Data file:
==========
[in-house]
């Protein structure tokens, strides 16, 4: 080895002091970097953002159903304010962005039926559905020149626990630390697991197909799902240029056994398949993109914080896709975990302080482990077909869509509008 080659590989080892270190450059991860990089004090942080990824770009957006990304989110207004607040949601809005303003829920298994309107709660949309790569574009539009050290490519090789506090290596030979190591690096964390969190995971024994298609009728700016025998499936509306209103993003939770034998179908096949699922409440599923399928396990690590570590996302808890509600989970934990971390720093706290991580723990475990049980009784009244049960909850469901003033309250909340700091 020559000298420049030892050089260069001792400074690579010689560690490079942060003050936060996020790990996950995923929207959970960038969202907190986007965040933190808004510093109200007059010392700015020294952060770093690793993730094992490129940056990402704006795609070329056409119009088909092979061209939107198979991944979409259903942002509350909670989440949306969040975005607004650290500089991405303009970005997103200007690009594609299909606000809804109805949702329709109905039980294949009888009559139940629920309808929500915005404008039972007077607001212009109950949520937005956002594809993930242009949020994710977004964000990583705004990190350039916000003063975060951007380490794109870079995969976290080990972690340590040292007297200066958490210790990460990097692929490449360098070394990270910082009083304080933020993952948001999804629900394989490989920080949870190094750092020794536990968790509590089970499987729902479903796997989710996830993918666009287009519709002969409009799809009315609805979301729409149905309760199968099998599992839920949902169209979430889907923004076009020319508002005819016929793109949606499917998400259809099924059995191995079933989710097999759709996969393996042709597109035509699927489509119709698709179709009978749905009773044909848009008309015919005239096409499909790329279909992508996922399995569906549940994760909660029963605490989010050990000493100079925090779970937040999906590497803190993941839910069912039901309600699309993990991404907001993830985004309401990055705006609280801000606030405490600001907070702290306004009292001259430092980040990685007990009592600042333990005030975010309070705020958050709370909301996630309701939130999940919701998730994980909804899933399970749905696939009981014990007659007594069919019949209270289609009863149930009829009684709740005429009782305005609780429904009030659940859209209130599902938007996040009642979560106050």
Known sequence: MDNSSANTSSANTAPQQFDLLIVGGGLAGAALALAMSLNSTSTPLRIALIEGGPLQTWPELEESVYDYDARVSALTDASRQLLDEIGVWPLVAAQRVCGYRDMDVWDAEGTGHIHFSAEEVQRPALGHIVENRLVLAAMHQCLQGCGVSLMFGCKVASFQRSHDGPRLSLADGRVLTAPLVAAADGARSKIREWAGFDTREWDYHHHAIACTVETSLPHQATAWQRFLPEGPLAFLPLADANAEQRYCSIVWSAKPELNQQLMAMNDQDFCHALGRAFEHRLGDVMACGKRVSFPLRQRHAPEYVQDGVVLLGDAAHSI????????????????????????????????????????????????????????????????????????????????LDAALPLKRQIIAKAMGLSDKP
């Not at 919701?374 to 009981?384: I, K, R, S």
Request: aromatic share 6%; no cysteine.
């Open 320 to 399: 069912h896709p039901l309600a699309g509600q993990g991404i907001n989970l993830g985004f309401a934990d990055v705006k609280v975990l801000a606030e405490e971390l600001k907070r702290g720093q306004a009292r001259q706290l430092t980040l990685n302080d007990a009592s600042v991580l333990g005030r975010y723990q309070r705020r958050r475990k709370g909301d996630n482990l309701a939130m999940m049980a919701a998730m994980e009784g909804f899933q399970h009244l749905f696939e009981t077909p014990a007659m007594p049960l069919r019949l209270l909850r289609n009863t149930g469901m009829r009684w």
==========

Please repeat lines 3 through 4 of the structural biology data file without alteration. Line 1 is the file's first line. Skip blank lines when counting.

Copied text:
Known sequence: MDNSSANTSSANTAPQQFDLLIVGGGLAGAALALAMSLNSTSTPLRIALIEGGPLQTWPELEESVYDYDARVSALTDASRQLLDEIGVWPLVAAQRVCGYRDMDVWDAEGTGHIHFSAEEVQRPALGHIVENRLVLAAMHQCLQGCGVSLMFGCKVASFQRSHDGPRLSLADGRVLTAPLVAAADGARSKIREWAGFDTREWDYHHHAIACTVETSLPHQATAWQRFLPEGPLAFLPLADANAEQRYCSIVWSAKPELNQQLMAMNDQDFCHALGRAFEHRLGDVMACGKRVSFPLRQRHAPEYVQDGVVLLGDAAHSI????????????????????????????????????????????????????????????????????????????????LDAALPLKRQIIAKAMGLSDKP
């Not at 919701?374 to 009981?384: I, K, R, S």